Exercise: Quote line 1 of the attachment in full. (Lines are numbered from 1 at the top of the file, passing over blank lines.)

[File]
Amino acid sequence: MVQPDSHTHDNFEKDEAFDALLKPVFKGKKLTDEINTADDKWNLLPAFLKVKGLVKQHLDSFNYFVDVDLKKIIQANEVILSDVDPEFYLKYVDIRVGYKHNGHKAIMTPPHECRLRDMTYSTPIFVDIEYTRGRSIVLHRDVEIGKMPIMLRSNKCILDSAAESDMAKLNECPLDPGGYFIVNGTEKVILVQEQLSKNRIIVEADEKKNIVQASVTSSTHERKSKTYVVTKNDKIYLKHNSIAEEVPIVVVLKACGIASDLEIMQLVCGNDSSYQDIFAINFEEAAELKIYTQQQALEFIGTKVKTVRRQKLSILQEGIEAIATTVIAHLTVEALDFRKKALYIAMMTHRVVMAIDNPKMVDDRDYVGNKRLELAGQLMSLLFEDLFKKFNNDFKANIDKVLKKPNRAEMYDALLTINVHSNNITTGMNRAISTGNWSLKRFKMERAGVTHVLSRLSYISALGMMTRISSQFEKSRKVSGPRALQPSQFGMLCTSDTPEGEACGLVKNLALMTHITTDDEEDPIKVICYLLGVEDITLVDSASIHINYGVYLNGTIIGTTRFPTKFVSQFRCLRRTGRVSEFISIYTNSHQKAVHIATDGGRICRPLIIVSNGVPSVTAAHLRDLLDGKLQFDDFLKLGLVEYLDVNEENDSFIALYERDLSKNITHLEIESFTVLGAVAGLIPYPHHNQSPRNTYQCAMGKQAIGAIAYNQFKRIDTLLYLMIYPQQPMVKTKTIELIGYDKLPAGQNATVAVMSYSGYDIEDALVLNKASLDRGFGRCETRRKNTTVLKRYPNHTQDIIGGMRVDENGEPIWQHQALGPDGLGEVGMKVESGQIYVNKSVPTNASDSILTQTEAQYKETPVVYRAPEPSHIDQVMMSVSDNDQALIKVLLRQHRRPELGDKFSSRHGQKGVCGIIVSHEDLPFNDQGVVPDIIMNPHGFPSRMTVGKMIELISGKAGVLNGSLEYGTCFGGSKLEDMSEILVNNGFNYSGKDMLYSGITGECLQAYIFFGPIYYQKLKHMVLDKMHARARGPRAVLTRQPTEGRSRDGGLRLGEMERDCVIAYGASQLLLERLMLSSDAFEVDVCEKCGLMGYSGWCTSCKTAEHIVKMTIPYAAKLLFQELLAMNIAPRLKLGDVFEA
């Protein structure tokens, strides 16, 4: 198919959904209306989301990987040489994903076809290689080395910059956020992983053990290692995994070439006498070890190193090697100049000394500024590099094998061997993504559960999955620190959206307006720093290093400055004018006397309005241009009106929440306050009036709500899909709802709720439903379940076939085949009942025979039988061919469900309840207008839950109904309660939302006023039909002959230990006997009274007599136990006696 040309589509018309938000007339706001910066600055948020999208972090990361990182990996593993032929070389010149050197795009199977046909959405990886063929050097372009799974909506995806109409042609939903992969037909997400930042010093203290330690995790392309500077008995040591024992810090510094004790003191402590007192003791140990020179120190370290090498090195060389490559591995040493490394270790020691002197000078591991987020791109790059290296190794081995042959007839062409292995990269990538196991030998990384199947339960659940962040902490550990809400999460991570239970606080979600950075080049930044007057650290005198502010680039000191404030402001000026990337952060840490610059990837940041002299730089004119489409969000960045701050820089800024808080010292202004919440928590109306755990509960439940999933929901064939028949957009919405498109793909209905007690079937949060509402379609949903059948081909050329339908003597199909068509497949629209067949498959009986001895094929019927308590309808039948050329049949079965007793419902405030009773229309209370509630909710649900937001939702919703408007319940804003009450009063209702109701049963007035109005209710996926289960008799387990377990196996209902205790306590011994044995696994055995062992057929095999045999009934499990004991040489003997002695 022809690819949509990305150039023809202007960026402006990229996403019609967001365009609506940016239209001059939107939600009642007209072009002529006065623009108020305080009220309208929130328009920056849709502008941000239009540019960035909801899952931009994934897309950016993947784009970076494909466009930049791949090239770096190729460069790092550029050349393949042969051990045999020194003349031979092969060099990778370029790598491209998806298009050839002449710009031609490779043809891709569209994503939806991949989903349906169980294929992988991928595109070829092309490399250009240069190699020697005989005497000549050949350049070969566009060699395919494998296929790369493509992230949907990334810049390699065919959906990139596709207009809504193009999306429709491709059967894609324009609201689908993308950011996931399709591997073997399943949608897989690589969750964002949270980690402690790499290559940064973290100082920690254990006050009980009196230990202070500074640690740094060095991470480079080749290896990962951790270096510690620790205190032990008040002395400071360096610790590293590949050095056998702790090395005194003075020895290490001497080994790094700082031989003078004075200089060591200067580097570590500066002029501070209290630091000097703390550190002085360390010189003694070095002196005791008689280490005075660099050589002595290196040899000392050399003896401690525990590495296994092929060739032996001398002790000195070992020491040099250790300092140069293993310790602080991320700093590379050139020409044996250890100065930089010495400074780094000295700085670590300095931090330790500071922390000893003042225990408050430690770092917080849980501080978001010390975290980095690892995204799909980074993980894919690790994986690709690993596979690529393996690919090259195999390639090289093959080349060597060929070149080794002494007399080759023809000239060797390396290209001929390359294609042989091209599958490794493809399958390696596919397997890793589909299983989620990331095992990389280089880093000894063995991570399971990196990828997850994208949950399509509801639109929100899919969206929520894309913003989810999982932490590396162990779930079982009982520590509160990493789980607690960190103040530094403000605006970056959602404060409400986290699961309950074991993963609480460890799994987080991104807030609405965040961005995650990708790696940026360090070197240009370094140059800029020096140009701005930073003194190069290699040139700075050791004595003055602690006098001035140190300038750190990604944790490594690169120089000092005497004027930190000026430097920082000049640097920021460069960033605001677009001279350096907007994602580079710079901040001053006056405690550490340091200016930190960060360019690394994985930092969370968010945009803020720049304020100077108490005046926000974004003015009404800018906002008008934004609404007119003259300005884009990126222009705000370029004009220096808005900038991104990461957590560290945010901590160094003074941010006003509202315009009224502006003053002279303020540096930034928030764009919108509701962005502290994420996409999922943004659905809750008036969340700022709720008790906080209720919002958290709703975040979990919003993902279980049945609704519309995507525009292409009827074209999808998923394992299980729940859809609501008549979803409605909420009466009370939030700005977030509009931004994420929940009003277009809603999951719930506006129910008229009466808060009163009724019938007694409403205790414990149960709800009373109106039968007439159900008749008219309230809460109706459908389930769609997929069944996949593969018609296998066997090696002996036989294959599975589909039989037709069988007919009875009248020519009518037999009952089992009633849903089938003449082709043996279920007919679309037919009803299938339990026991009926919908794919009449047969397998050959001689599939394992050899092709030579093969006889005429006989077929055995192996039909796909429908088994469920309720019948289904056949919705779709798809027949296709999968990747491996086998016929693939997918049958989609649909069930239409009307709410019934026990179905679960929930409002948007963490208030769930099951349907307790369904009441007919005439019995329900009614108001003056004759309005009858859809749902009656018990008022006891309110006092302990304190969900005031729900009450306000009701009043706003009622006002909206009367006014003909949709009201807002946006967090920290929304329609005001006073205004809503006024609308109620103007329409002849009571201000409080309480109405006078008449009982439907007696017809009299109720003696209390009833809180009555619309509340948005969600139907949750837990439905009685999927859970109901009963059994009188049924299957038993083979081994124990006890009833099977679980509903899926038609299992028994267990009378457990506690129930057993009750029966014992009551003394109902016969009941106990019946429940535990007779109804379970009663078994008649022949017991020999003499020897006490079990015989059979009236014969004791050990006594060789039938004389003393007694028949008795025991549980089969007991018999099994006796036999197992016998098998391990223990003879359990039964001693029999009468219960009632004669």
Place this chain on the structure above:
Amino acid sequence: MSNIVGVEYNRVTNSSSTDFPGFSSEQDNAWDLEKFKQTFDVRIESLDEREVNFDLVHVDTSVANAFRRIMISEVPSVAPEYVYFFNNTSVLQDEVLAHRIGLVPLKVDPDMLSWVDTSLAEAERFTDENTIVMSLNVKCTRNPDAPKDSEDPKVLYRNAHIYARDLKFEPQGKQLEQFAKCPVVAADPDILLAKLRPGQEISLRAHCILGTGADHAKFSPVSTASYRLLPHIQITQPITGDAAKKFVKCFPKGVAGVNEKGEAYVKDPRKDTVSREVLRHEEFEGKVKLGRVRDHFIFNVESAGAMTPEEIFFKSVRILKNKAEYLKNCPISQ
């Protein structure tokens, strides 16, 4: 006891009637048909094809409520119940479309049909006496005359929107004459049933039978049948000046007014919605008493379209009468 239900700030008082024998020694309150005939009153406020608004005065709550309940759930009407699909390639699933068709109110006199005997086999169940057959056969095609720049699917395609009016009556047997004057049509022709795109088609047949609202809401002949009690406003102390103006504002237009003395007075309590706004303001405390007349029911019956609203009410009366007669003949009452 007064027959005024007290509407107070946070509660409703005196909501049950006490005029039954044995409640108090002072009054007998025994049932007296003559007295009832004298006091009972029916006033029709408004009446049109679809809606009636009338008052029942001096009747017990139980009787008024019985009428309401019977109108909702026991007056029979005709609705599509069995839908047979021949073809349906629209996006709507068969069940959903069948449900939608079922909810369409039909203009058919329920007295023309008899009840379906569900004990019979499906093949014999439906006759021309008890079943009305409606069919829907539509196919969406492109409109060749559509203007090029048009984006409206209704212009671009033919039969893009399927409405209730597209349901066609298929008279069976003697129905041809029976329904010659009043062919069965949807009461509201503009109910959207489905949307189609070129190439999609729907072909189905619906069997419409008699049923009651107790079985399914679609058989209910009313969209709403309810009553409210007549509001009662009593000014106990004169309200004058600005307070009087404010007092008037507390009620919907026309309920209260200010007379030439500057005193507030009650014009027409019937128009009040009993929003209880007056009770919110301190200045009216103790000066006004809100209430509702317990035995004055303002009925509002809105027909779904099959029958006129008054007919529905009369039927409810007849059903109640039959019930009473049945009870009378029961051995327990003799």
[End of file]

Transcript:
Amino acid sequence: MVQPDSHTHDNFEKDEAFDALLKPVFKGKKLTDEINTADDKWNLLPAFLKVKGLVKQHLDSFNYFVDVDLKKIIQANEVILSDVDPEFYLKYVDIRVGYKHNGHKAIMTPPHECRLRDMTYSTPIFVDIEYTRGRSIVLHRDVEIGKMPIMLRSNKCILDSAAESDMAKLNECPLDPGGYFIVNGTEKVILVQEQLSKNRIIVEADEKKNIVQASVTSSTHERKSKTYVVTKNDKIYLKHNSIAEEVPIVVVLKACGIASDLEIMQLVCGNDSSYQDIFAINFEEAAELKIYTQQQALEFIGTKVKTVRRQKLSILQEGIEAIATTVIAHLTVEALDFRKKALYIAMMTHRVVMAIDNPKMVDDRDYVGNKRLELAGQLMSLLFEDLFKKFNNDFKANIDKVLKKPNRAEMYDALLTINVHSNNITTGMNRAISTGNWSLKRFKMERAGVTHVLSRLSYISALGMMTRISSQFEKSRKVSGPRALQPSQFGMLCTSDTPEGEACGLVKNLALMTHITTDDEEDPIKVICYLLGVEDITLVDSASIHINYGVYLNGTIIGTTRFPTKFVSQFRCLRRTGRVSEFISIYTNSHQKAVHIATDGGRICRPLIIVSNGVPSVTAAHLRDLLDGKLQFDDFLKLGLVEYLDVNEENDSFIALYERDLSKNITHLEIESFTVLGAVAGLIPYPHHNQSPRNTYQCAMGKQAIGAIAYNQFKRIDTLLYLMIYPQQPMVKTKTIELIGYDKLPAGQNATVAVMSYSGYDIEDALVLNKASLDRGFGRCETRRKNTTVLKRYPNHTQDIIGGMRVDENGEPIWQHQALGPDGLGEVGMKVESGQIYVNKSVPTNASDSILTQTEAQYKETPVVYRAPEPSHIDQVMMSVSDNDQALIKVLLRQHRRPELGDKFSSRHGQKGVCGIIVSHEDLPFNDQGVVPDIIMNPHGFPSRMTVGKMIELISGKAGVLNGSLEYGTCFGGSKLEDMSEILVNNGFNYSGKDMLYSGITGECLQAYIFFGPIYYQKLKHMVLDKMHARARGPRAVLTRQPTEGRSRDGGLRLGEMERDCVIAYGASQLLLERLMLSSDAFEVDVCEKCGLMGYSGWCTSCKTAEHIVKMTIPYAAKLLFQELLAMNIAPRLKLGDVFEA